family plays a crucial role in forming Japanese students’ attitudes
toward schooling and academics. Specifically, in the Japanese culture, mothers are expected
to play a central role in supporting their children’s education.
They are often referred to as kyoiku mamas, or “education
mothers”, because of their superhuman efforts to insure that their
children will come out winners in the cut-throat competition that
characterizes the country’s exam-based educational system.
Before the child ever enters
his or her first year of school, the mother is charged with making
sure her child thrives in the school system.
Her commitment to furthering the education of the child can
include everything from pouring tea for the studying child to consulting
with teachers. With regards
to the junior high school student, the mother may investigate the
range of schools, tutors and jukus available, and bone up on subjects
in which her child is deficient.
Evidently, in Japan, if a child fails or does poorly, the mother
carries the burden of blame.
It is not unusual for the mother to curtail or cancel social
involvements in the two years leading up to the high school entrance
exams. If the mother
happens to work, she will even quit her job to stay at home making
lunches, fixing school uniforms, and preparing material for the next
day at school.
It has been, and continues to be, a cultural expectation that a Japanese mother commit to her children as home educator and mentor. Needless to say, behind every successful Japanese student is a goal-oriented mother who has coached, prodded, tutored, supported and guided her youngster through the many hurdles of the educational system.
Have you ever heard of “examination
that young Japanese students go through just to get into high
school? By far, the primary
goal in junior high is preparation to take a difficult test to get
into high school. Japanese
students can go to any high school they wish in the prefecture (county),
but they must be able to pass the test to get into the high school.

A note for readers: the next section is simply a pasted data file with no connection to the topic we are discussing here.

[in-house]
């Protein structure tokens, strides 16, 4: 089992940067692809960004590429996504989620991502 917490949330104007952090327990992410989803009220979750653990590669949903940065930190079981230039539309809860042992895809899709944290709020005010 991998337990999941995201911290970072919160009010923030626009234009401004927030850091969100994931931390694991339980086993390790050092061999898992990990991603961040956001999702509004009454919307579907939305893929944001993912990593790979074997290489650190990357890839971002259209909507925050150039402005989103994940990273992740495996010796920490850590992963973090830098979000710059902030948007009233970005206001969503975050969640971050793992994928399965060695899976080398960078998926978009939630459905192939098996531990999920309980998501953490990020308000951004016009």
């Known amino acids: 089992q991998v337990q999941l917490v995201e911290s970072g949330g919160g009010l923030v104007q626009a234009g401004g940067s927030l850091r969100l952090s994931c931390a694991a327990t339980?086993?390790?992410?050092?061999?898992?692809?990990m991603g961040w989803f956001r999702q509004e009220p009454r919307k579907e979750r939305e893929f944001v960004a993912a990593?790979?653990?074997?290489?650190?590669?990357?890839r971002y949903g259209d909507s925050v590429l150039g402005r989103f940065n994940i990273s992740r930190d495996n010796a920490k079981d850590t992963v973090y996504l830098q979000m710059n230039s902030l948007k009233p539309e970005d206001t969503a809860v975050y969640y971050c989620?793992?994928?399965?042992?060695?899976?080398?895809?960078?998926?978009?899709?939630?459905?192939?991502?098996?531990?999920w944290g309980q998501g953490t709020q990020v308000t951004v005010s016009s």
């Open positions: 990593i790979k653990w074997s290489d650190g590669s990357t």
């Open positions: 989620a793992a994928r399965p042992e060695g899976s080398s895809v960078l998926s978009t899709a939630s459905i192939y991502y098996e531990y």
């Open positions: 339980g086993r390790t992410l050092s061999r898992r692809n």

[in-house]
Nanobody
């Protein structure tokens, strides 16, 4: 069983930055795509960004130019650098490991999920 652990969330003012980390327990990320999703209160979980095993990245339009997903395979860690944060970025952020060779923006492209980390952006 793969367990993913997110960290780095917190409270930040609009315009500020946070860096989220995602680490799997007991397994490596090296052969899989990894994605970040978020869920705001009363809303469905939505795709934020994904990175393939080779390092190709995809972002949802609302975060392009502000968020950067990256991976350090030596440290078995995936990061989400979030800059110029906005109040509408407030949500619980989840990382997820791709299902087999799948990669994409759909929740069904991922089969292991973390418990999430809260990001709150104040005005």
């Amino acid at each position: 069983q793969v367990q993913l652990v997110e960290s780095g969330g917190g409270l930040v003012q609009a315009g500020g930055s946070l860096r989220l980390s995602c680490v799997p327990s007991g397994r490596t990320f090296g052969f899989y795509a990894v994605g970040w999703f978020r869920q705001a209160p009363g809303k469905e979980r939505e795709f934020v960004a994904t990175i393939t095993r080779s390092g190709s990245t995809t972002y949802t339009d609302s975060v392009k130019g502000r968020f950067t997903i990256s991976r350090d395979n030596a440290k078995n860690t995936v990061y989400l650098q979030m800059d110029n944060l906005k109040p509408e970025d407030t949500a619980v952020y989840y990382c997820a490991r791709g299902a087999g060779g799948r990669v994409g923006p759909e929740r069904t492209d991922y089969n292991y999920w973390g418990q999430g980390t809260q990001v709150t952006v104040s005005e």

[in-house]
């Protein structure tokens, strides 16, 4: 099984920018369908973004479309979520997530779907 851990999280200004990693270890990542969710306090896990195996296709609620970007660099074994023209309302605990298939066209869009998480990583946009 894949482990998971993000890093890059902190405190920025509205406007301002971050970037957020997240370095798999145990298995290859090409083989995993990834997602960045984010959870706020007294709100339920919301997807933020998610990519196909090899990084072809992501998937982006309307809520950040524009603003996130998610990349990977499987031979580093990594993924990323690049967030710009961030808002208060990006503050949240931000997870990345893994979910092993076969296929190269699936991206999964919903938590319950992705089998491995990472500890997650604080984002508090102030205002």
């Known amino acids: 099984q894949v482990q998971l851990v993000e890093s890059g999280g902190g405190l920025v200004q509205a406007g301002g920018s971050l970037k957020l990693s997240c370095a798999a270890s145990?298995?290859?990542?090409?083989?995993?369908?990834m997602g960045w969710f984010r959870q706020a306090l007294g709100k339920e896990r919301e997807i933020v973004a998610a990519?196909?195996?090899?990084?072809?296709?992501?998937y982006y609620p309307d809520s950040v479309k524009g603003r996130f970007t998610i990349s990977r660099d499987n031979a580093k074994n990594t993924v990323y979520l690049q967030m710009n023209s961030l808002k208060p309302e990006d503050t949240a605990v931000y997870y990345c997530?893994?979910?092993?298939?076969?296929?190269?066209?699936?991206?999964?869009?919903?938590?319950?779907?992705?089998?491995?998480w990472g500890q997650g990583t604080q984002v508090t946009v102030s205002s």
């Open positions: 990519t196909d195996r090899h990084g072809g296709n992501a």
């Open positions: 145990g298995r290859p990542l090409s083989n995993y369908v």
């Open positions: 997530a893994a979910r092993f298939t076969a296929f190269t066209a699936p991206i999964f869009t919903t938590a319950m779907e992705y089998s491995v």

Since there are high schools that have high cut-off points
and are more prestigious than others, students have to weigh their
chances of getting into the high school of their choice. If the student
does not meet that cut off on the test, he or she could be left without
a school to attend since it is not a requirement in Japan.
Because passing such tests significantly influences how students
may spend the rest of their lives, they often decide to attend a juku
school (Japanese “cram school”) in addition to their regular school.
school provides extra tutoring to public school children to help them
get into a good high school. These private schools range from major franchises throughout
the country to small “mom and pop” operations conducted in private
homes. There are different
kinds of jukus because there are not enough students for each juku
school, so each juku school tries to identify its specialty.
But basically, 60% of junior high school students enroll in
courses specifically designed to improve their scores on practice
tests and the entrance exams.
For many of these students,
attending juku takes precedence over other activities.
If a junior high school student has a conflict of time between
juku and an afterschool club, he or she will leave the club early. The student may go two to three times a week, about two hours
each night. Since regular
school finishes between 3:30-4:00 p.m. and the juku lessons begin
after 5:00 p.m, students have a snack after school and their dinner
after juku, or sometimes they take bento (a box meal) with them to
the juku. As soon as junior high school is over for the summer holidays,
around July 20th, the third year students (9th graders)
begin to go to juku full-time.
Besides attending the jukus, students in junior high also have another alternative to do their benkyo (studying). Schools organize extra classes (hoshu) after school or over the holidays that are directed at preparing for the exams. Students may also take on juku benkyo (exam preparation) by buying whatever practice books and pamphlets are available in bookstores.